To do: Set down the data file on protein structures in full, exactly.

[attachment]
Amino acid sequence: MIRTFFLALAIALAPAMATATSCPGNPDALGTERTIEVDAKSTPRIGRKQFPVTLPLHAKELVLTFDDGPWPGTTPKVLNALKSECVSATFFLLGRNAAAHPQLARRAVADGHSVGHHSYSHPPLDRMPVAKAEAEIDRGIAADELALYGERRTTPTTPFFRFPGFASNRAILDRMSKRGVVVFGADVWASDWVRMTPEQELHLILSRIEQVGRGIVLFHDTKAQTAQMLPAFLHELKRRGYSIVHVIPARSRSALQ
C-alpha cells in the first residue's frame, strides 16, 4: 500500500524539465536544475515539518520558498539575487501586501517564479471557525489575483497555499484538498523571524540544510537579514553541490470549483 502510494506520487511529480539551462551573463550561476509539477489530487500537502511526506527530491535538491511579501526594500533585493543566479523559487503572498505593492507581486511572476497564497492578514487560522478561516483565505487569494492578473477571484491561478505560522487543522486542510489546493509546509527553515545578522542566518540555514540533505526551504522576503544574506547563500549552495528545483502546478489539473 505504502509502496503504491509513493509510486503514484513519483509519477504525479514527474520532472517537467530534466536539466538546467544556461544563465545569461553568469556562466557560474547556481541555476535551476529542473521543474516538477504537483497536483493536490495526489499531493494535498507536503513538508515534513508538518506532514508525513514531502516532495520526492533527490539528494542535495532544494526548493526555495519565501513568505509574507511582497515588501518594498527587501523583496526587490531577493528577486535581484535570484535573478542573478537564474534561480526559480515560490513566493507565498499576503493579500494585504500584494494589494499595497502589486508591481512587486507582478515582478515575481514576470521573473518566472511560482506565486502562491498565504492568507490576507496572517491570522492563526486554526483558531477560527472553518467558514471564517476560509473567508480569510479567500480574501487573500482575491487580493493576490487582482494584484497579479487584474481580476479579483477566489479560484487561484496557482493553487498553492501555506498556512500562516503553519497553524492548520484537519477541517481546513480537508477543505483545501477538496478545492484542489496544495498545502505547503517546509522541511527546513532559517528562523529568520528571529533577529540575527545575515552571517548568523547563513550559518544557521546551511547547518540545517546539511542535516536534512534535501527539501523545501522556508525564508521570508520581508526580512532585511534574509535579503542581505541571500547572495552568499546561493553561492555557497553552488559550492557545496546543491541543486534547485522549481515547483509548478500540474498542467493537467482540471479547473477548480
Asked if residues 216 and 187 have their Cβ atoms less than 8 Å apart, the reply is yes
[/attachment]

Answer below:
Amino acid sequence: MIRTFFLALAIALAPAMATATSCPGNPDALGTERTIEVDAKSTPRIGRKQFPVTLPLHAKELVLTFDDGPWPGTTPKVLNALKSECVSATFFLLGRNAAAHPQLARRAVADGHSVGHHSYSHPPLDRMPVAKAEAEIDRGIAADELALYGERRTTPTTPFFRFPGFASNRAILDRMSKRGVVVFGADVWASDWVRMTPEQELHLILSRIEQVGRGIVLFHDTKAQTAQMLPAFLHELKRRGYSIVHVIPARSRSALQ
C-alpha cells in the first residue's frame, strides 16, 4: 500500500524539465536544475515539518520558498539575487501586501517564479471557525489575483497555499484538498523571524540544510537579514553541490470549483 502510494506520487511529480539551462551573463550561476509539477489530487500537502511526506527530491535538491511579501526594500533585493543566479523559487503572498505593492507581486511572476497564497492578514487560522478561516483565505487569494492578473477571484491561478505560522487543522486542510489546493509546509527553515545578522542566518540555514540533505526551504522576503544574506547563500549552495528545483502546478489539473 505504502509502496503504491509513493509510486503514484513519483509519477504525479514527474520532472517537467530534466536539466538546467544556461544563465545569461553568469556562466557560474547556481541555476535551476529542473521543474516538477504537483497536483493536490495526489499531493494535498507536503513538508515534513508538518506532514508525513514531502516532495520526492533527490539528494542535495532544494526548493526555495519565501513568505509574507511582497515588501518594498527587501523583496526587490531577493528577486535581484535570484535573478542573478537564474534561480526559480515560490513566493507565498499576503493579500494585504500584494494589494499595497502589486508591481512587486507582478515582478515575481514576470521573473518566472511560482506565486502562491498565504492568507490576507496572517491570522492563526486554526483558531477560527472553518467558514471564517476560509473567508480569510479567500480574501487573500482575491487580493493576490487582482494584484497579479487584474481580476479579483477566489479560484487561484496557482493553487498553492501555506498556512500562516503553519497553524492548520484537519477541517481546513480537508477543505483545501477538496478545492484542489496544495498545502505547503517546509522541511527546513532559517528562523529568520528571529533577529540575527545575515552571517548568523547563513550559518544557521546551511547547518540545517546539511542535516536534512534535501527539501523545501522556508525564508521570508520581508526580512532585511534574509535579503542581505541571500547572495552568499546561493553561492555557497553552488559550492557545496546543491541543486534547485522549481515547483509548478500540474498542467493537467482540471479547473477548480
Asked if residues 216 and 187 have their Cβ atoms less than 8 Å apart, the reply is yes